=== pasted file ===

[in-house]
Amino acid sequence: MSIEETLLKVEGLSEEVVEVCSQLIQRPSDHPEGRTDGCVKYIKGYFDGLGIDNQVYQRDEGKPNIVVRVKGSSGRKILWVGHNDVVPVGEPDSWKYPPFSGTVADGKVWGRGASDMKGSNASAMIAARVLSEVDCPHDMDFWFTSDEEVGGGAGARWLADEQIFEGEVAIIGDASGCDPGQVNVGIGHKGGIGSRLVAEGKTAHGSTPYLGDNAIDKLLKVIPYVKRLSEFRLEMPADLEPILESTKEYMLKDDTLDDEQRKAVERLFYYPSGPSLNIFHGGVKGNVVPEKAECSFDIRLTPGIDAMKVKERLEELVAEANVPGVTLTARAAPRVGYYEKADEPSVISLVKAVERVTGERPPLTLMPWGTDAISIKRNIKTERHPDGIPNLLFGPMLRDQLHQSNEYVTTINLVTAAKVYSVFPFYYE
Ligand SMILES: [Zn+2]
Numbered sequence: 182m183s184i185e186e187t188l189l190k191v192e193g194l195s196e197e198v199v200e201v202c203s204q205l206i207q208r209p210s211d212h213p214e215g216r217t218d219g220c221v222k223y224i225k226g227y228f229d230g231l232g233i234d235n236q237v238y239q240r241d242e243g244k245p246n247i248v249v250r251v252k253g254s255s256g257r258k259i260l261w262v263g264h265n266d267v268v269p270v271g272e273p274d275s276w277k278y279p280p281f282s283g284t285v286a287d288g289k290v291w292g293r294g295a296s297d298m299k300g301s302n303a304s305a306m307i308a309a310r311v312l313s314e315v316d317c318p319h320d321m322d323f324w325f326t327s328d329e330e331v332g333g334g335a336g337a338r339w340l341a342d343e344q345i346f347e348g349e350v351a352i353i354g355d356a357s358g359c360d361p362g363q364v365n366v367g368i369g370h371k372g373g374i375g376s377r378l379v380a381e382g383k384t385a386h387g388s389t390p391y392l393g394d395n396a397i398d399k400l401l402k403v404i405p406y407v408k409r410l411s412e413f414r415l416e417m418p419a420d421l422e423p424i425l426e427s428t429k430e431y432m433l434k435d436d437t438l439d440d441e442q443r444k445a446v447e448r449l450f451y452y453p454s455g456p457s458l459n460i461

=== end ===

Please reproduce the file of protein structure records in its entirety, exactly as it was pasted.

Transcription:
[in-house]
Amino acid sequence: MSIEETLLKVEGLSEEVVEVCSQLIQRPSDHPEGRTDGCVKYIKGYFDGLGIDNQVYQRDEGKPNIVVRVKGSSGRKILWVGHNDVVPVGEPDSWKYPPFSGTVADGKVWGRGASDMKGSNASAMIAARVLSEVDCPHDMDFWFTSDEEVGGGAGARWLADEQIFEGEVAIIGDASGCDPGQVNVGIGHKGGIGSRLVAEGKTAHGSTPYLGDNAIDKLLKVIPYVKRLSEFRLEMPADLEPILESTKEYMLKDDTLDDEQRKAVERLFYYPSGPSLNIFHGGVKGNVVPEKAECSFDIRLTPGIDAMKVKERLEELVAEANVPGVTLTARAAPRVGYYEKADEPSVISLVKAVERVTGERPPLTLMPWGTDAISIKRNIKTERHPDGIPNLLFGPMLRDQLHQSNEYVTTINLVTAAKVYSVFPFYYE
Ligand SMILES: [Zn+2]
Numbered sequence: 182m183s184i185e186e187t188l189l190k191v192e193g194l195s196e197e198v199v200e201v202c203s204q205l206i207q208r209p210s211d212h213p214e215g216r217t218d219g220c221v222k223y224i225k226g227y228f229d230g231l232g233i234d235n236q237v238y239q240r241d242e243g244k245p246n247i248v249v250r251v252k253g254s255s256g257r258k259i260l261w262v263g264h265n266d267v268v269p270v271g272e273p274d275s276w277k278y279p280p281f282s283g284t285v286a287d288g289k290v291w292g293r294g295a296s297d298m299k300g301s302n303a304s305a306m307i308a309a310r311v312l313s314e315v316d317c318p319h320d321m322d323f324w325f326t327s328d329e330e331v332g333g334g335a336g337a338r339w340l341a342d343e344q345i346f347e348g349e350v351a352i353i354g355d356a357s358g359c360d361p362g363q364v365n366v367g368i369g370h371k372g373g374i375g376s377r378l379v380a381e382g383k384t385a386h387g388s389t390p391y392l393g394d395n396a397i398d399k400l401l402k403v404i405p406y407v408k409r410l411s412e413f414r415l416e417m418p419a420d421l422e423p424i425l426e427s428t429k430e431y432m433l434k435d436d437t438l439d440d441e442q443r444k445a446v447e448r449l450f451y452y453p454s455g456p457s458l459n460i461